SUGAR SHOCK | Minnig, left, and Dobbratz bring a different kind of sexy back to the men of Dallas.

RICH LOPEZ  | Staff Writer
lopez@dallasvoice.com

When Philipp Minnig finds downtime between shows on a tour, he mines YouTube. Sometimes the videos serve as a source of inspiration for his music, but mostly, he’s just enjoying his free time. His current obsession is in a video which title translates to “The Doctors.” This prepares him for the next day’s show.

“I’m taking a break today researching,” he laughs. “I do have a hard job: Watching videos. But yeah, when we have any kind of downtime, that’s pretty much it for me. “

The frontman for the duo Sugar and Gold has had a hectic 2011, coming off an already busy 2010. The band toured last year for the disc Get Wet, which garnered the dance-rockers some nice acclaim. They turned around to release the EP Bodyaches and are back on the road stopping at the Jack Daniel’s Saloon this Saturday. Only this time, the two-month tour is less of a job and more of a party.

“When we toured the record we had to do that whole promo push,” he says. “After you just finish a record, there is a lot to deal with. Personally I get sick of my face and the record that goes along with it. But this time, we’ve been having a ball so far.”

While Minnig and bandmate Nicolas Dobbratz emphasize fun in their music, there is work to be done. But with an EP that contains two new songs and remixes from Wet, S&G didn’t have that much pressure with promoting the disc. The tour schedule is short and they planned for the show to be free-flowing.

“This just hasn’t been as daunting,” Minnig says. “We’re having fun with the wardrobe and we’re just loose onstage. The music is still tight but the relaxed feeling allows giving better shows with lots of spontaneous energy. And we’re having more fun with the crowds.”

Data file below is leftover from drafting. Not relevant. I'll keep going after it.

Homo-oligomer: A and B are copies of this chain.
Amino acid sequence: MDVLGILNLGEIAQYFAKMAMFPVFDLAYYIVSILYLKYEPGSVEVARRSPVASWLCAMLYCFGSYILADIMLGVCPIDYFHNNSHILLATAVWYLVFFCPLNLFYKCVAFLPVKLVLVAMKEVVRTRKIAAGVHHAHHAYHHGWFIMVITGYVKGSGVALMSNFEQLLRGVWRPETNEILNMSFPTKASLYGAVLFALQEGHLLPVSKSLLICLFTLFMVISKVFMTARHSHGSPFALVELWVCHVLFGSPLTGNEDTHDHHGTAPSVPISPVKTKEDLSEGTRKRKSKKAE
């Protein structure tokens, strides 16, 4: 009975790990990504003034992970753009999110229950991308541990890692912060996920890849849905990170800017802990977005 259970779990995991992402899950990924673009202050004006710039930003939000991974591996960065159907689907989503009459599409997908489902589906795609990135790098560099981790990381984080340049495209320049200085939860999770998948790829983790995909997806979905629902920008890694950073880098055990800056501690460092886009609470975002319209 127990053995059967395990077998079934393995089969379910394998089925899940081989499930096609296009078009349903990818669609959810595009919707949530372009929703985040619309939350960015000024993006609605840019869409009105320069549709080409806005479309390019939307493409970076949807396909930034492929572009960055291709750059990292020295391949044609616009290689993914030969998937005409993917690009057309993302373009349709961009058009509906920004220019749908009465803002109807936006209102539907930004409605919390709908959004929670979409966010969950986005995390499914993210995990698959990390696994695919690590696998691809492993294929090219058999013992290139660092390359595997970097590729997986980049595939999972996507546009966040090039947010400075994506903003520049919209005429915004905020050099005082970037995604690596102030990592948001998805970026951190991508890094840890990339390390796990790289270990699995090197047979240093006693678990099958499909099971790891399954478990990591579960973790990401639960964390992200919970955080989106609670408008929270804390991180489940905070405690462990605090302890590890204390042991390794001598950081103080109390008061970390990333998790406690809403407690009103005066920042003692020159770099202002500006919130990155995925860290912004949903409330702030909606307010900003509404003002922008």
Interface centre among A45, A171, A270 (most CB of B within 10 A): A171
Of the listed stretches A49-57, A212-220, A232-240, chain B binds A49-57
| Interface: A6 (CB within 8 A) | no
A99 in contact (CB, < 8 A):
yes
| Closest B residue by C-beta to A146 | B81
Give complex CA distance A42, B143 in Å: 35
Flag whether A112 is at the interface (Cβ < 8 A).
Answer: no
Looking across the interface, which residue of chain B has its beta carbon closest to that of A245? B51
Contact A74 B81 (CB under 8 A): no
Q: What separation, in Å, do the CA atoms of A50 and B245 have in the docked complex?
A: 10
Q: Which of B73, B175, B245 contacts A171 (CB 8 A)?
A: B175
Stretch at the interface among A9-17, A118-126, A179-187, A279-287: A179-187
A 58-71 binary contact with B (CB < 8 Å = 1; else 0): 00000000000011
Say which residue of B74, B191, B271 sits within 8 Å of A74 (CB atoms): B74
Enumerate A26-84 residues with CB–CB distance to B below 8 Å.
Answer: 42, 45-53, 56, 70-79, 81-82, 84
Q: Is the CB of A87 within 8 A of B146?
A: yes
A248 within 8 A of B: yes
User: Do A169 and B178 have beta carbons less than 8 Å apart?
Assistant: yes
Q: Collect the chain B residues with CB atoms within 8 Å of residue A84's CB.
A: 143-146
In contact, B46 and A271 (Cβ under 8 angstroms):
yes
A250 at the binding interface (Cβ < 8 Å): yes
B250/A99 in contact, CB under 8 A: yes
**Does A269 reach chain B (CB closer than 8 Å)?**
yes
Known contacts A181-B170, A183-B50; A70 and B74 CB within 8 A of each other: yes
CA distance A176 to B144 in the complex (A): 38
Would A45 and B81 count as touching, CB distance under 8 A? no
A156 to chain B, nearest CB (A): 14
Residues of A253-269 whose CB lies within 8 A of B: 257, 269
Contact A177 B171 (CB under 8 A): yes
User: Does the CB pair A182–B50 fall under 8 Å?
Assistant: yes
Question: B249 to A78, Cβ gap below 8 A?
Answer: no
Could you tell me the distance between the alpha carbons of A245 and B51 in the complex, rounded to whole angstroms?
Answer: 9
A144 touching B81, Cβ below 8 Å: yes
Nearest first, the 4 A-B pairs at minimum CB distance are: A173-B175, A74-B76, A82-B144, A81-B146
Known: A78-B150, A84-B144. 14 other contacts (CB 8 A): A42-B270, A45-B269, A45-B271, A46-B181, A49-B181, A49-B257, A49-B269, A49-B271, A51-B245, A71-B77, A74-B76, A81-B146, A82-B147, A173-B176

A lot of those crowds are primarily gay. S&G has come to be closely identified with LGBT audiences due to their electronic dance grooves and a nebulous masculine tone. S&G are in that some dance rock vein as other gay faves Scissor Sisters and Of Montreal. In fact, the band is closely associated with OM in that musically incestuous way. If members of S&G aren’t touring with OM, then members from both are working on their side project Yip Deceiver, which is incidentally the opener for this show.

Minnig, who is straight, can see why LGBT audiences have embraced his band — especially the boys.

“Oh it’s wonderful. We’re big on male sensuality,” he says.

“Our music is about softening the male image and reintroducing sexiness to males. Male doesn’t have to be tough and uptight. It feels freeing when males in the audience are responsive to what your doing.”

Musically, Minnig comes from that indie queer background. He calls that scene his own and he found his music very active in underground gay communities. And that affects how he writes his tunes.

“To some degree, I toy with side projects and play with other musicians, but S&G is its own beast,” he says. “The way we write our music puts an individual spin on things.”

Even though he’s been feeling good about the chill approach to this mini-tour, Minnig is surprisingly anxious to be done with it.

Despite being non-stop the past couple of years, it’s like a drug for him to keep going.

“These shows have affected us positively,” he says. “Just on this leg, it’s such a pleasure hanging out with like-minded, electronically geeky, socially open people and that opens up inspiration. I’m psyched to get to the end of the tour because I wanna write already.”

This article appeared in the Dallas Voice print edition Jan. 28, 2011.

—  John Wright